There are now plenty of distributions that have excellent incremental upgrade support -- Debian is the classic leader here (and my preference), but it's not unique. AFAIK Red Hat does pretty well these days too. So portage might well beat out RH9 (which is what, 4 years old at this point?), but that's not really saying much.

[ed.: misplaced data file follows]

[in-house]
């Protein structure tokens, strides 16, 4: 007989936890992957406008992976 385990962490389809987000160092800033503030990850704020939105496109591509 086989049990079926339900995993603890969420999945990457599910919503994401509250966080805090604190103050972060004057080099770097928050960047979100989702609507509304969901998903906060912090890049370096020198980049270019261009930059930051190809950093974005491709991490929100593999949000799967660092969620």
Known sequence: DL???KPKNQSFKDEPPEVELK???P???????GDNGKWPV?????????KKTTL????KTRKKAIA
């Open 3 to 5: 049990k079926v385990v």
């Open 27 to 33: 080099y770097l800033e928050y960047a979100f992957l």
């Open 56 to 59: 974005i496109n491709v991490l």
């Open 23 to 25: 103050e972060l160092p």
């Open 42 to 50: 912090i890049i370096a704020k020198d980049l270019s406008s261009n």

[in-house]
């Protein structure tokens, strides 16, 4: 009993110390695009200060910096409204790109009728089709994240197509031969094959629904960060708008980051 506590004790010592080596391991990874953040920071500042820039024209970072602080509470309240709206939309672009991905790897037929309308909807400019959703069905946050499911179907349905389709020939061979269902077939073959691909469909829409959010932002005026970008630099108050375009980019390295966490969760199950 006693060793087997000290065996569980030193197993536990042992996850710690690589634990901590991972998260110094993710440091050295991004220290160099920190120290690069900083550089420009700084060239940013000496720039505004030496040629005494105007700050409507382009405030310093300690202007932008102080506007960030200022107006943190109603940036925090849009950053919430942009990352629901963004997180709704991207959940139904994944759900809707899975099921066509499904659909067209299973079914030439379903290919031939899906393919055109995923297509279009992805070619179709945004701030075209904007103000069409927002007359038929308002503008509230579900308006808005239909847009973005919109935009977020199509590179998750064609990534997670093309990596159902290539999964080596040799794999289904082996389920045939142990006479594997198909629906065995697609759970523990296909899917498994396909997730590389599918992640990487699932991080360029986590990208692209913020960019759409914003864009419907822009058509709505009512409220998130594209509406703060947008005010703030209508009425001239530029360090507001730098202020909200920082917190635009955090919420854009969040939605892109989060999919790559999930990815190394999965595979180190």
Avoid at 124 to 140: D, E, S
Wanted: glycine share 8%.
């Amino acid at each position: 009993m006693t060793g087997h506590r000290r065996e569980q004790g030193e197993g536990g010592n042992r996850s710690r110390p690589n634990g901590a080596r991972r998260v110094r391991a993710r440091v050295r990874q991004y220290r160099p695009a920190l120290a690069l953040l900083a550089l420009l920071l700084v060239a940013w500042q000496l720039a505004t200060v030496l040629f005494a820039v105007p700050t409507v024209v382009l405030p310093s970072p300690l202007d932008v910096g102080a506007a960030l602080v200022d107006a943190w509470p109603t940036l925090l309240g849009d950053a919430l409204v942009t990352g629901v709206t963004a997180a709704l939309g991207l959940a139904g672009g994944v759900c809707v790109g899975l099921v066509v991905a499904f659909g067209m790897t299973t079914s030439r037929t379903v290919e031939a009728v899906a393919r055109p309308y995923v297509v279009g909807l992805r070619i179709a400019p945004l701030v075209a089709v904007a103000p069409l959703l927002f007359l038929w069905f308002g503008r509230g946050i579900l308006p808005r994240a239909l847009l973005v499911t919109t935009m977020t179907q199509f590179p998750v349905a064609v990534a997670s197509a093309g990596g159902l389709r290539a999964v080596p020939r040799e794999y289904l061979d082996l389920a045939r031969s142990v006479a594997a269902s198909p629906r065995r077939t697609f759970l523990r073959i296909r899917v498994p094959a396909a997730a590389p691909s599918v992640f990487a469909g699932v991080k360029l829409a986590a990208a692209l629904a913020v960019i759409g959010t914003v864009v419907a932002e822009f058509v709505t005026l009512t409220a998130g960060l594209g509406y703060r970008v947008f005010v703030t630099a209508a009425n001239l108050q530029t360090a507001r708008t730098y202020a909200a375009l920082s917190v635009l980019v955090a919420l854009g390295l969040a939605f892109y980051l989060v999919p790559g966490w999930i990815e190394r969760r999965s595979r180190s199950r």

And, if your criterion is minimizing the risk of upgrades, then a source-based distribution like Gentoo will necessarily be worse than a binary-based one. With a binary-based distribution, everyone is running exactly the same executables, and the chance that you will be the first person to trip over some bug is minimized. With a source-based distribution, it's entirely possible that you are the only person in the world to have packages built with your exact combination of header files, compiler version, and USE and compiler flags -- so even if the bug tracker says that some piece of software has been out for 6 months with no reported problems, that's no guarantee that it'll work for *you*. Of course, you can minimize this by sticking to well-known compiler versions and declining to fiddle with compile flags, but if you're doing that then why bother with a source-based distro at all?
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